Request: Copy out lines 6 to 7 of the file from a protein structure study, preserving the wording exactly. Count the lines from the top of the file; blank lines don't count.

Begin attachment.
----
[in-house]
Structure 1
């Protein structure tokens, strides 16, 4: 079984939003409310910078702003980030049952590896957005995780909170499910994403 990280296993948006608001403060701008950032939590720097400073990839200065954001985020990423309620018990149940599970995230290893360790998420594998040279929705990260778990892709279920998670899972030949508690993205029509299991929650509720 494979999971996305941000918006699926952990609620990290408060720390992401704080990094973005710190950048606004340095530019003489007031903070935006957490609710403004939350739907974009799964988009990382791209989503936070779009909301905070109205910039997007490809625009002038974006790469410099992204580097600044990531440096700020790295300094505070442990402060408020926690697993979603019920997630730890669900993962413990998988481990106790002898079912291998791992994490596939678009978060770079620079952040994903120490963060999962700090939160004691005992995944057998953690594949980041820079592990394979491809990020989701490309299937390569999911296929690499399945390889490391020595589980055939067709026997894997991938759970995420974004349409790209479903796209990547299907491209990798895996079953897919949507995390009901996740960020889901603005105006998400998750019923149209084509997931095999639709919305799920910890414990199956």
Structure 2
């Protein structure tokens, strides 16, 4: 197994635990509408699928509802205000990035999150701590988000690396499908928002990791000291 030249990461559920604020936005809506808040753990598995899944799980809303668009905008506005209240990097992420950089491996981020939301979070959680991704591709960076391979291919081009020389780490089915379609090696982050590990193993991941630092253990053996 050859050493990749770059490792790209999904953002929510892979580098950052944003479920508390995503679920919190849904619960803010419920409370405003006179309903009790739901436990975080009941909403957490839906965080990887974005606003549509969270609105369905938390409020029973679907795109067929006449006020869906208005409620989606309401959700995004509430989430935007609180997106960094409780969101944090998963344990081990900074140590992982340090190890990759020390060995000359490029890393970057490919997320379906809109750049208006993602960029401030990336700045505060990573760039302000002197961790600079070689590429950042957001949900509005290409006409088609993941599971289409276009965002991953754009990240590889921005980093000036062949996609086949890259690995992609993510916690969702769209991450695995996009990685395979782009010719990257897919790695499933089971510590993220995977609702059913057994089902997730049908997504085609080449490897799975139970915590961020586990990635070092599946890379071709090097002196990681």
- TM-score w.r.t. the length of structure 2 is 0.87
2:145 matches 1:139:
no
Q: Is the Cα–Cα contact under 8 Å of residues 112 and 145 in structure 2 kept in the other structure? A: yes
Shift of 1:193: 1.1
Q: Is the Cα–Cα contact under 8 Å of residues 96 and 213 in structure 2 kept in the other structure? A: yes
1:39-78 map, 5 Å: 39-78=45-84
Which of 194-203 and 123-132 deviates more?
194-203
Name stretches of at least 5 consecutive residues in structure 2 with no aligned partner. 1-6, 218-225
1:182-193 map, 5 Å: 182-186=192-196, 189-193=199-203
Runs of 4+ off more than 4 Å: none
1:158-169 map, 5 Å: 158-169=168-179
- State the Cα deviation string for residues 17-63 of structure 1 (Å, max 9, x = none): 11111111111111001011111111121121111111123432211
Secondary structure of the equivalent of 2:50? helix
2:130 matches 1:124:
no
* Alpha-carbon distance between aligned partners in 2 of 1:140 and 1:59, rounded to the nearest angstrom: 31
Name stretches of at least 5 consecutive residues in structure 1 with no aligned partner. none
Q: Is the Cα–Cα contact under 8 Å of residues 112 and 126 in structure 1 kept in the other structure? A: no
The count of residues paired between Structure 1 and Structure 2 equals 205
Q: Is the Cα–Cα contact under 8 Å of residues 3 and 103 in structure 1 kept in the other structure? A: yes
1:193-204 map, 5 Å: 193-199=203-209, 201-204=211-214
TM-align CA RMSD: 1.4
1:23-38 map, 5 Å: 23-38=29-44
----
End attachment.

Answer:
- TM-score w.r.t. the length of structure 2 is 0.87
2:145 matches 1:139: